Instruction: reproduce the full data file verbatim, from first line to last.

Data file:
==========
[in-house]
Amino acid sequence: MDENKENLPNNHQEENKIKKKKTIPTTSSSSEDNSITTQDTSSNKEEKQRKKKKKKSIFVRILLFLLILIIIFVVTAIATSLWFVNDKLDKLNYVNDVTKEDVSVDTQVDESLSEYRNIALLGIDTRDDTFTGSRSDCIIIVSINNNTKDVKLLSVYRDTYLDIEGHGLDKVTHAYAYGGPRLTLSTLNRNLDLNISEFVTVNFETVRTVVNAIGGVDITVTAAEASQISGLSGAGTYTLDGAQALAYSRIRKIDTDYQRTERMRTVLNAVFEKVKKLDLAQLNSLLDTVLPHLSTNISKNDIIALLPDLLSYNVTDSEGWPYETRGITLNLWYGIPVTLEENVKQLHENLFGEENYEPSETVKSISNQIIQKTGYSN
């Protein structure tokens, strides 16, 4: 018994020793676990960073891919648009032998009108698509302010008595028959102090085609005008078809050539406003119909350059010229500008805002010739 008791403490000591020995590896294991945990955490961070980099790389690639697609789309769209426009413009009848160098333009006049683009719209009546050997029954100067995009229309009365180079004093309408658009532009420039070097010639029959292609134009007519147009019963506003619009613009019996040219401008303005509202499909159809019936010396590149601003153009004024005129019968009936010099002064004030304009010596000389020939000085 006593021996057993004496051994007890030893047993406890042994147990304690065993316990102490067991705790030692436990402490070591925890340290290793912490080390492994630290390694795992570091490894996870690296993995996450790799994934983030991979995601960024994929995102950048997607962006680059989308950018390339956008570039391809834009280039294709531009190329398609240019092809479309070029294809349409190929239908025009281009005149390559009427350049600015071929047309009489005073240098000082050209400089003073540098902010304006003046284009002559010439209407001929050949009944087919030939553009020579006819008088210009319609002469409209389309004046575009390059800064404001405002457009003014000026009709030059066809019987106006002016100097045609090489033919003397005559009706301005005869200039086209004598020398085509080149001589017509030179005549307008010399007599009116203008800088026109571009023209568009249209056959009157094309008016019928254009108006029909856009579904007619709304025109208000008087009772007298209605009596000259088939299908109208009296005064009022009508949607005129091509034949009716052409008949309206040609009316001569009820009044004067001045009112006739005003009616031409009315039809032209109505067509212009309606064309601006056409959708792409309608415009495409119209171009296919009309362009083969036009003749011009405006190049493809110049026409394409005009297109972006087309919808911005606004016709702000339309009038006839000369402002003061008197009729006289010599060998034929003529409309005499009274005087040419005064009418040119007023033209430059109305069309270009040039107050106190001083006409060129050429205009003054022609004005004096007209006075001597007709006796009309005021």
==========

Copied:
[in-house]
Amino acid sequence: MDENKENLPNNHQEENKIKKKKTIPTTSSSSEDNSITTQDTSSNKEEKQRKKKKKKSIFVRILLFLLILIIIFVVTAIATSLWFVNDKLDKLNYVNDVTKEDVSVDTQVDESLSEYRNIALLGIDTRDDTFTGSRSDCIIIVSINNNTKDVKLLSVYRDTYLDIEGHGLDKVTHAYAYGGPRLTLSTLNRNLDLNISEFVTVNFETVRTVVNAIGGVDITVTAAEASQISGLSGAGTYTLDGAQALAYSRIRKIDTDYQRTERMRTVLNAVFEKVKKLDLAQLNSLLDTVLPHLSTNISKNDIIALLPDLLSYNVTDSEGWPYETRGITLNLWYGIPVTLEENVKQLHENLFGEENYEPSETVKSISNQIIQKTGYSN
């Protein structure tokens, strides 16, 4: 018994020793676990960073891919648009032998009108698509302010008595028959102090085609005008078809050539406003119909350059010229500008805002010739 008791403490000591020995590896294991945990955490961070980099790389690639697609789309769209426009413009009848160098333009006049683009719209009546050997029954100067995009229309009365180079004093309408658009532009420039070097010639029959292609134009007519147009019963506003619009613009019996040219401008303005509202499909159809019936010396590149601003153009004024005129019968009936010099002064004030304009010596000389020939000085 006593021996057993004496051994007890030893047993406890042994147990304690065993316990102490067991705790030692436990402490070591925890340290290793912490080390492994630290390694795992570091490894996870690296993995996450790799994934983030991979995601960024994929995102950048997607962006680059989308950018390339956008570039391809834009280039294709531009190329398609240019092809479309070029294809349409190929239908025009281009005149390559009427350049600015071929047309009489005073240098000082050209400089003073540098902010304006003046284009002559010439209407001929050949009944087919030939553009020579006819008088210009319609002469409209389309004046575009390059800064404001405002457009003014000026009709030059066809019987106006002016100097045609090489033919003397005559009706301005005869200039086209004598020398085509080149001589017509030179005549307008010399007599009116203008800088026109571009023209568009249209056959009157094309008016019928254009108006029909856009579904007619709304025109208000008087009772007298209605009596000259088939299908109208009296005064009022009508949607005129091509034949009716052409008949309206040609009316001569009820009044004067001045009112006739005003009616031409009315039809032209109505067509212009309606064309601006056409959708792409309608415009495409119209171009296919009309362009083969036009003749011009405006190049493809110049026409394409005009297109972006087309919808911005606004016709702000339309009038006839000369402002003061008197009729006289010599060998034929003529409309005499009274005087040419005064009418040119007023033209430059109305069309270009040039107050106190001083006409060129050429205009003054022609004005004096007209006075001597007709006796009309005021």